Cloud streets are shown forming over the Sea of Japan in this image captured by the MODIS on the Terra satellite. The Sea of Japan is nestled between western Japan and Eastern Russia. North and South Korea make up the southwest border of the sea. This image was captured on December 31, 2009.
The lines of clouds are called "cloud streets." Cloud streets have been observed frequently, both by airplane and satellite. These clouds are really cumulous clouds, which result from thermals, or rising columns of warmed air. Thermals themselves form when the ground surface is a little warmer than its surroundings. If the thermal produces a consistent flow of warm air, and steady wind carries that air away, lines of clouds can form along the direction of the wind. An irregular surface may provide the perfect conditions for creating steady streams of warm air interspersed with areas of cooler air.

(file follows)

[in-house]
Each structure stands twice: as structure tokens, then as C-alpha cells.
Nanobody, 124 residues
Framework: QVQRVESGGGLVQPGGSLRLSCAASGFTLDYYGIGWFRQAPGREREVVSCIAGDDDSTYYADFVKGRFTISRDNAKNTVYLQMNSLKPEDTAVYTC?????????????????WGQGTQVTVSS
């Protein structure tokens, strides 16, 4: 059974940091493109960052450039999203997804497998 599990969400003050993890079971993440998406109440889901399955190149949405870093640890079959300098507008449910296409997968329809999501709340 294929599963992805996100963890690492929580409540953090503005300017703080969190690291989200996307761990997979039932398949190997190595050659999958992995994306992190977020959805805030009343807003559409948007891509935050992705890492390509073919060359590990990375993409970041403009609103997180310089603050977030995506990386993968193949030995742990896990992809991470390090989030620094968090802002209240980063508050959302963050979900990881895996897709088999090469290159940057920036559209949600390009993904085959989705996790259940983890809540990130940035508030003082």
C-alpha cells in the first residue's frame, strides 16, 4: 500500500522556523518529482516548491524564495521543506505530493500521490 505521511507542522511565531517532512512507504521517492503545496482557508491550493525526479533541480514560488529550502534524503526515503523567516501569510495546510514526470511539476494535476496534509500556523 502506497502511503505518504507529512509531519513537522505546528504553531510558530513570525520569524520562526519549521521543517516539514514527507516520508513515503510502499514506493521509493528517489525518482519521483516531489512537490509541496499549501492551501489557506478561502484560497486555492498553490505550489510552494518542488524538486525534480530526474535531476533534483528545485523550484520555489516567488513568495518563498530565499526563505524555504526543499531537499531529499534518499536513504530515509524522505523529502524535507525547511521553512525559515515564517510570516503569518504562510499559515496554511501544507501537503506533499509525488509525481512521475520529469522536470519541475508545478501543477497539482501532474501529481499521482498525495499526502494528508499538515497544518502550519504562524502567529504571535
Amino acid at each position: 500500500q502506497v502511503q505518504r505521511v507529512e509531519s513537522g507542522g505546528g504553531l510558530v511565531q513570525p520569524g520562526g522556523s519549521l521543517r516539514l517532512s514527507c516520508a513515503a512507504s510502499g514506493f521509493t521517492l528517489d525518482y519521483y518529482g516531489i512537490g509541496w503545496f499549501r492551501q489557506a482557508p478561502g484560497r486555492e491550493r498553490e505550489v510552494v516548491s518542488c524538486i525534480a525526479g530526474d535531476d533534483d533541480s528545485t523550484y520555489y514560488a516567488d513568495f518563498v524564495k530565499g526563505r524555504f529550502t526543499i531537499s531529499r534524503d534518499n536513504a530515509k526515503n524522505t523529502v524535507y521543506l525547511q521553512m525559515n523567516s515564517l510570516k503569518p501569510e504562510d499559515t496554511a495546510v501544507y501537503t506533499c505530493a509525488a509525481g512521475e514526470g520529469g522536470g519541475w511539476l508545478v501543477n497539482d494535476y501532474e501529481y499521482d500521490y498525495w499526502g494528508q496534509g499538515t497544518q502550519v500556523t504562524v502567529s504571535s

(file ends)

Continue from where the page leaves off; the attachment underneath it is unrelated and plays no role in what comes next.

At the point where the clouds first form streets, they're very narrow and well-defined. But as they age, they lose their definition, and begin to spread out and rejoin each other into a larger cloud mass.